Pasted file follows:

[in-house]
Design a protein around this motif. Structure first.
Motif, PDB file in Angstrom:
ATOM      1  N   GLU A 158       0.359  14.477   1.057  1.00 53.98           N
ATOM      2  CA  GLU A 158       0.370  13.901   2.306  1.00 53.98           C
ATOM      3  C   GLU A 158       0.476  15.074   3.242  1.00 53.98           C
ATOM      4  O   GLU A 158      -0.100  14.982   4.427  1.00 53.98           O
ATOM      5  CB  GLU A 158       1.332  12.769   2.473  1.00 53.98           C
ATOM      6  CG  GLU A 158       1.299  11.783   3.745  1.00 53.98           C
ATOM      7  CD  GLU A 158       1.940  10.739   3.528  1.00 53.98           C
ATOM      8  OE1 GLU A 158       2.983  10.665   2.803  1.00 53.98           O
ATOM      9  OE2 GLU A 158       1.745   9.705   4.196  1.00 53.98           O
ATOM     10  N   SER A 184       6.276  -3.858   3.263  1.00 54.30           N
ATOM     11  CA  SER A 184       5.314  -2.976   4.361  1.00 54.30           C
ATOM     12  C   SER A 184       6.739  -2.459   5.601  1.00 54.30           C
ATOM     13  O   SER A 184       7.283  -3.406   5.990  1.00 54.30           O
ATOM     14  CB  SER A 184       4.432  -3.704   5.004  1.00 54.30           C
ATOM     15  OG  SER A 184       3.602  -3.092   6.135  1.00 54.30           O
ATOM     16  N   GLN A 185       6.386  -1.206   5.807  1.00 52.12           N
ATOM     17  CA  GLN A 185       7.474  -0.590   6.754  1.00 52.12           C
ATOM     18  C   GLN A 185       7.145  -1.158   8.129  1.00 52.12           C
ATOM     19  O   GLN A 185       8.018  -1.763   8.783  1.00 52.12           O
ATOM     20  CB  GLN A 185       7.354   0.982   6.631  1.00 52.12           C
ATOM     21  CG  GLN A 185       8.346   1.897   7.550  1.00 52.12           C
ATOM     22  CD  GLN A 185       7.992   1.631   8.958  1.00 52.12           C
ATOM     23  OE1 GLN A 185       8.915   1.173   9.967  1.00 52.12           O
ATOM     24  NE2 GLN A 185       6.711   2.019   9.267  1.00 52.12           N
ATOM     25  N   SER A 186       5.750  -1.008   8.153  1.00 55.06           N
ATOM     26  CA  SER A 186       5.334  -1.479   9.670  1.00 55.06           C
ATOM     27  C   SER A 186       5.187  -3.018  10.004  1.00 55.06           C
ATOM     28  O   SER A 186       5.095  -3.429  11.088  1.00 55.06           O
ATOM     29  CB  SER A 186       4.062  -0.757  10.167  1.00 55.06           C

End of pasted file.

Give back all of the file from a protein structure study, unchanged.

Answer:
[in-house]
Design a protein around this motif. Structure first.
Motif, PDB file in Angstrom:
ATOM      1  N   GLU A 158       0.359  14.477   1.057  1.00 53.98           N
ATOM      2  CA  GLU A 158       0.370  13.901   2.306  1.00 53.98           C
ATOM      3  C   GLU A 158       0.476  15.074   3.242  1.00 53.98           C
ATOM      4  O   GLU A 158      -0.100  14.982   4.427  1.00 53.98           O
ATOM      5  CB  GLU A 158       1.332  12.769   2.473  1.00 53.98           C
ATOM      6  CG  GLU A 158       1.299  11.783   3.745  1.00 53.98           C
ATOM      7  CD  GLU A 158       1.940  10.739   3.528  1.00 53.98           C
ATOM      8  OE1 GLU A 158       2.983  10.665   2.803  1.00 53.98           O
ATOM      9  OE2 GLU A 158       1.745   9.705   4.196  1.00 53.98           O
ATOM     10  N   SER A 184       6.276  -3.858   3.263  1.00 54.30           N
ATOM     11  CA  SER A 184       5.314  -2.976   4.361  1.00 54.30           C
ATOM     12  C   SER A 184       6.739  -2.459   5.601  1.00 54.30           C
ATOM     13  O   SER A 184       7.283  -3.406   5.990  1.00 54.30           O
ATOM     14  CB  SER A 184       4.432  -3.704   5.004  1.00 54.30           C
ATOM     15  OG  SER A 184       3.602  -3.092   6.135  1.00 54.30           O
ATOM     16  N   GLN A 185       6.386  -1.206   5.807  1.00 52.12           N
ATOM     17  CA  GLN A 185       7.474  -0.590   6.754  1.00 52.12           C
ATOM     18  C   GLN A 185       7.145  -1.158   8.129  1.00 52.12           C
ATOM     19  O   GLN A 185       8.018  -1.763   8.783  1.00 52.12           O
ATOM     20  CB  GLN A 185       7.354   0.982   6.631  1.00 52.12           C
ATOM     21  CG  GLN A 185       8.346   1.897   7.550  1.00 52.12           C
ATOM     22  CD  GLN A 185       7.992   1.631   8.958  1.00 52.12           C
ATOM     23  OE1 GLN A 185       8.915   1.173   9.967  1.00 52.12           O
ATOM     24  NE2 GLN A 185       6.711   2.019   9.267  1.00 52.12           N
ATOM     25  N   SER A 186       5.750  -1.008   8.153  1.00 55.06           N
ATOM     26  CA  SER A 186       5.334  -1.479   9.670  1.00 55.06           C
ATOM     27  C   SER A 186       5.187  -3.018  10.004  1.00 55.06           C
ATOM     28  O   SER A 186       5.095  -3.429  11.088  1.00 55.06           O
ATOM     29  CB  SER A 186       4.062  -0.757  10.167  1.00 55.06           C